If I were a gambling man, I'd bet a wad, even at this early date, on Secretary of State Karen Handel to win the Republican primary for governor next year.
Handel has served on the Fulton County Commission and escaped indictment. She has turned out to be a passable secretary of state, though she has been a bit too partisan for my taste. And Gov. Sonny Perdue has joined her team as her No. 1 adviser. The Perdue alliance may be the most important of her attributes. Perdue has already delivered a grand favor to Handel. He made last week's front-runner for governor, Lt. Gov. Casey Cagle, so nervous that he complained of severe neck and back trouble, and dropped out of the governor's contest.
That may be just the first good deed Perdue delivers to Handel. She will need all the help she can get. Georgians usually don't cotton to women candidates for governor, and we've had a run of bad luck with ladies elected to lower constitutional offices.
Former Georgia Schools Superintendent Linda Schrenko, the first woman to be elected to statewide office, is still serving time in prison for stealing money from the state to finance her 2002 bid for governor, a bid that crashed and burned before it got off the ground. The present female school superintendent, Kathy Cox, recently joined the growing ranks of Georgians forced into personal bankruptcy.
Meanwhile, Handel labors on as secretary of state, handing down one decision after another on election regulations to help her GOP colleagues in their quests for public office. She will have to do more than that to become governor. She must recruit the same coalition of interests that brought Perdue to power and left Gov. Roy Barnes a stunned and defeated Democrat.
Here are the anti-Barnes folks who gave us Gov. Perdue:
· Teachers voted en masse for Perdue because they believed Barnes had turned his back on their demands for tenure and started overusing the word "accountability" in his campaign for better schools. Many of those same teachers are now suffering a bad case of buyers' remorse. Gov. Perdue has whacked their budget by $2 billion, enlarged class sizes, cut pay and generally ignored Georgia's most pressing need: improving K-12 education. How will those teachers vote next year - for a more humble Democrat Roy Barnes and his crowd, or for the Handel-Perdue alliance?
· Law enforcement officers across the state were peeved at Barnes for installing a super chief in Atlanta - a commissioner of public safety to oversee all peace officers.
Like teachers, the lawmen in 2002 voted heavily against Barnes, who is already courting them for reconciliation next year. They appeared to be mostly for Cagle until he was struck by strained muscles. How Handel woos the cops, deputies and troopers will be interesting to watch.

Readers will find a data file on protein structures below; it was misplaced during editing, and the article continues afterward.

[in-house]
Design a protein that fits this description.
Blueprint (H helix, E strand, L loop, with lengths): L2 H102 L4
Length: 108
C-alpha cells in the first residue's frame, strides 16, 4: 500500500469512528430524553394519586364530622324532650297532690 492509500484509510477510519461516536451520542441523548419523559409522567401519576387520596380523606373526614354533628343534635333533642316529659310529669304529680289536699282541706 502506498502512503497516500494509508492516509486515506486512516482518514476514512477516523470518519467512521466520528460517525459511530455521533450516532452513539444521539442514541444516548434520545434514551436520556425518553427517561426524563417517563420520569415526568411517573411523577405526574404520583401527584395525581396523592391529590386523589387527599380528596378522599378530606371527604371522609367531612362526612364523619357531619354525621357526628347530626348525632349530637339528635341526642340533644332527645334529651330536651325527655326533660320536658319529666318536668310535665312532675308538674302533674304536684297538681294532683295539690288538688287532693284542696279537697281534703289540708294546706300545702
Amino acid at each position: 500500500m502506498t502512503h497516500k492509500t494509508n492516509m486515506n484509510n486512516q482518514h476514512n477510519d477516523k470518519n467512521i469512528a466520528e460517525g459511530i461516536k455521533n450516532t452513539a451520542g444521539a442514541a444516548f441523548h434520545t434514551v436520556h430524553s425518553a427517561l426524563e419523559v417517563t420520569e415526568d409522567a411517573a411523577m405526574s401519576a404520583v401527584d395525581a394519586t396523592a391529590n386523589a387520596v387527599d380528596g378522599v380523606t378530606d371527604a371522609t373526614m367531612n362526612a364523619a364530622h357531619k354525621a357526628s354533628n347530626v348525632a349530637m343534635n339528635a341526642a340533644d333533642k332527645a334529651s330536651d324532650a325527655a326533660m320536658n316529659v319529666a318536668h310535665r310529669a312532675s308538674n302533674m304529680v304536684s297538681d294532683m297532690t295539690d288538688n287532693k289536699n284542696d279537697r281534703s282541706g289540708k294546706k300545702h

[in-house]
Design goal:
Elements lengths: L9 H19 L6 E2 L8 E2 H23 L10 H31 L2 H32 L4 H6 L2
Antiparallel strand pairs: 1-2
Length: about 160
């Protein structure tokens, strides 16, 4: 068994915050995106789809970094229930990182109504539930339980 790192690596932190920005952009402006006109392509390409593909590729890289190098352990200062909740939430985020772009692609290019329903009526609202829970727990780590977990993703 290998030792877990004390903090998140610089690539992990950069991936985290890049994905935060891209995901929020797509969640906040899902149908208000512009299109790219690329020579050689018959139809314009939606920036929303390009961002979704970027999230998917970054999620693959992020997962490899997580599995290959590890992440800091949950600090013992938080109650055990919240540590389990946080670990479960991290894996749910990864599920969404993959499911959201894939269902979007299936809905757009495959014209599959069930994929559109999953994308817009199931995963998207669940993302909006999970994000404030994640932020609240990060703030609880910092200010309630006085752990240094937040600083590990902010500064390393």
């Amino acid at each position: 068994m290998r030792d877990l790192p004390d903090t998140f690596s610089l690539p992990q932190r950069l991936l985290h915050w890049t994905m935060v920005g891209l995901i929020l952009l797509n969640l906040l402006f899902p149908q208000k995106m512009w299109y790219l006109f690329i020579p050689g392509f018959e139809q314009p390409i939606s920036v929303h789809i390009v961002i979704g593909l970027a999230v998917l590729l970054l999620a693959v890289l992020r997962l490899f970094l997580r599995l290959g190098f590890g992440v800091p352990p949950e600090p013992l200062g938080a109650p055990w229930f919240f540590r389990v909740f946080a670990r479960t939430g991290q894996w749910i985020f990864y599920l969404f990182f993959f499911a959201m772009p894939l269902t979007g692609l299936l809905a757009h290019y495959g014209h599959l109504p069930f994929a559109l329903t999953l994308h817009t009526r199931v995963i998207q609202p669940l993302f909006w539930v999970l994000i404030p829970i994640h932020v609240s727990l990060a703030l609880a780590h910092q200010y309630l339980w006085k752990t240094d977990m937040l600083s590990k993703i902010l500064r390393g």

· North metro Atlanta residential owners were solidly against Barnes when he proposed building a Northern Arc highway through the northern suburbs and exurbs north of Atlanta. A hard core of anti-arc voters remains active in Forsyth County. Some other folks have in the meantime become sympathetic to Barnes. They're tired of traffic and want something done. Handel will have to be careful with this group, and perhaps not allude to Gov. Perdue at all. The incumbent's transportation to-do list is blank, except for a bunch of words about reorganization.
· The flaggers - the guys and gals who wanted to restore the Confederate cross on the state flag - became Perdue's loudest and most visible allies. After his inauguration, Purdue pushed the flaggers aside and would not even include the rebel emblem on a ballot for a new flag. Handel may try to recruit the Civil War crowd, but she will do so at her own peril. Most folks began suffering flag fatigue years ago and want to move on to something else. Besides, the flaggers may not forget so easily how they were double-crossed.
So there we have it. Karen's Conundrum: Can she attract Perdue's old allies for governor - a group largely alienated and angered by Perdue after his election?
Or will Barnes or some other Democrats bust up the coalition and bring at least part of that angry crowd back into the donkey fold?
Oh, that's right. Barnes hasn't even announced for governor. No matter what happens, my bet on Handel stands.
Syndicated columnist Bill Shipp writes on Georgia politics. E-mail him at firstname.lastname@example.org.